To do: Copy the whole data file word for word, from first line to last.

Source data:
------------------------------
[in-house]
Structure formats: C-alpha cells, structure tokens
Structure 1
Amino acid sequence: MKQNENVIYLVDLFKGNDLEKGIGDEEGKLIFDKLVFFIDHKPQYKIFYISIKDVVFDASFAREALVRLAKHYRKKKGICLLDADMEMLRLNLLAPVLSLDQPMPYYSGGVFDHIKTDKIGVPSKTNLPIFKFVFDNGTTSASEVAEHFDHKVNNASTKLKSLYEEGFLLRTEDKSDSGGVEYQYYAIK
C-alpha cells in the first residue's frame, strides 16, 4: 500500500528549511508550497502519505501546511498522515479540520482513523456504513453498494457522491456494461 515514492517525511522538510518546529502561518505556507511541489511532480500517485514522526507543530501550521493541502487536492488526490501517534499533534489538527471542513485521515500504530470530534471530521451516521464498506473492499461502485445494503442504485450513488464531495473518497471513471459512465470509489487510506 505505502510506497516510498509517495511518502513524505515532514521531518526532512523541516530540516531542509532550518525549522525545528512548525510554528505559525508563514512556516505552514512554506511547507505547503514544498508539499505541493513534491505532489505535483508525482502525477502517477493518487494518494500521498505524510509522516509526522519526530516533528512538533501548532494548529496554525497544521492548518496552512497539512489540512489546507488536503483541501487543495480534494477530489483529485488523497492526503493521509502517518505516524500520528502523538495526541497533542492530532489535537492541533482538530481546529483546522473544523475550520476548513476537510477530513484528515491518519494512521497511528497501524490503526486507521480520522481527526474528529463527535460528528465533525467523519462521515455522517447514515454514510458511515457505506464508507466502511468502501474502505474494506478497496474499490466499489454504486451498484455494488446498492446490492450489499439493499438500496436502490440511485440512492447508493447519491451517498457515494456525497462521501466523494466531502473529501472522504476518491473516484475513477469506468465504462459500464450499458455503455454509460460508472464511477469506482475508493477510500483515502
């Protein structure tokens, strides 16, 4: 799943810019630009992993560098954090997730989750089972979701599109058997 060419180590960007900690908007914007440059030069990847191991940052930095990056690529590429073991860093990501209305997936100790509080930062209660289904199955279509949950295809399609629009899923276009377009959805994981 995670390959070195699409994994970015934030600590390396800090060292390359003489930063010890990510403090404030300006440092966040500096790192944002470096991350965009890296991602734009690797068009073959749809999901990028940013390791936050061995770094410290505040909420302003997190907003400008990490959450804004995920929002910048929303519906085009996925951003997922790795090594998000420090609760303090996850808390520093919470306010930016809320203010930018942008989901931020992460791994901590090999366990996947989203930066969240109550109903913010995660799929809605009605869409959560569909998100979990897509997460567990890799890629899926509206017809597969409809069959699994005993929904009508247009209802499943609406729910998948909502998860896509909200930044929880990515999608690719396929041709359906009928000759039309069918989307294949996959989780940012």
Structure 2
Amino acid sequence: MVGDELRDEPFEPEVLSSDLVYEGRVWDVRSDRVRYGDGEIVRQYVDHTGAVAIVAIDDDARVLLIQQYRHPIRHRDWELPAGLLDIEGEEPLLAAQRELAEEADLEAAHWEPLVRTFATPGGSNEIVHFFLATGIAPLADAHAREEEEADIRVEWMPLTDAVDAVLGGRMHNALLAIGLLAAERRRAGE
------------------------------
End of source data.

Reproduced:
[in-house]
Structure formats: C-alpha cells, structure tokens
Structure 1
Amino acid sequence: MKQNENVIYLVDLFKGNDLEKGIGDEEGKLIFDKLVFFIDHKPQYKIFYISIKDVVFDASFAREALVRLAKHYRKKKGICLLDADMEMLRLNLLAPVLSLDQPMPYYSGGVFDHIKTDKIGVPSKTNLPIFKFVFDNGTTSASEVAEHFDHKVNNASTKLKSLYEEGFLLRTEDKSDSGGVEYQYYAIK
C-alpha cells in the first residue's frame, strides 16, 4: 500500500528549511508550497502519505501546511498522515479540520482513523456504513453498494457522491456494461 515514492517525511522538510518546529502561518505556507511541489511532480500517485514522526507543530501550521493541502487536492488526490501517534499533534489538527471542513485521515500504530470530534471530521451516521464498506473492499461502485445494503442504485450513488464531495473518497471513471459512465470509489487510506 505505502510506497516510498509517495511518502513524505515532514521531518526532512523541516530540516531542509532550518525549522525545528512548525510554528505559525508563514512556516505552514512554506511547507505547503514544498508539499505541493513534491505532489505535483508525482502525477502517477493518487494518494500521498505524510509522516509526522519526530516533528512538533501548532494548529496554525497544521492548518496552512497539512489540512489546507488536503483541501487543495480534494477530489483529485488523497492526503493521509502517518505516524500520528502523538495526541497533542492530532489535537492541533482538530481546529483546522473544523475550520476548513476537510477530513484528515491518519494512521497511528497501524490503526486507521480520522481527526474528529463527535460528528465533525467523519462521515455522517447514515454514510458511515457505506464508507466502511468502501474502505474494506478497496474499490466499489454504486451498484455494488446498492446490492450489499439493499438500496436502490440511485440512492447508493447519491451517498457515494456525497462521501466523494466531502473529501472522504476518491473516484475513477469506468465504462459500464450499458455503455454509460460508472464511477469506482475508493477510500483515502
């Protein structure tokens, strides 16, 4: 799943810019630009992993560098954090997730989750089972979701599109058997 060419180590960007900690908007914007440059030069990847191991940052930095990056690529590429073991860093990501209305997936100790509080930062209660289904199955279509949950295809399609629009899923276009377009959805994981 995670390959070195699409994994970015934030600590390396800090060292390359003489930063010890990510403090404030300006440092966040500096790192944002470096991350965009890296991602734009690797068009073959749809999901990028940013390791936050061995770094410290505040909420302003997190907003400008990490959450804004995920929002910048929303519906085009996925951003997922790795090594998000420090609760303090996850808390520093919470306010930016809320203010930018942008989901931020992460791994901590090999366990996947989203930066969240109550109903913010995660799929809605009605869409959560569909998100979990897509997460567990890799890629899926509206017809597969409809069959699994005993929904009508247009209802499943609406729910998948909502998860896509909200930044929880990515999608690719396929041709359906009928000759039309069918989307294949996959989780940012």
Structure 2
Amino acid sequence: MVGDELRDEPFEPEVLSSDLVYEGRVWDVRSDRVRYGDGEIVRQYVDHTGAVAIVAIDDDARVLLIQQYRHPIRHRDWELPAGLLDIEGEEPLLAAQRELAEEADLEAAHWEPLVRTFATPGGSNEIVHFFLATGIAPLADAHAREEEEADIRVEWMPLTDAVDAVLGGRMHNALLAIGLLAAERRRAGE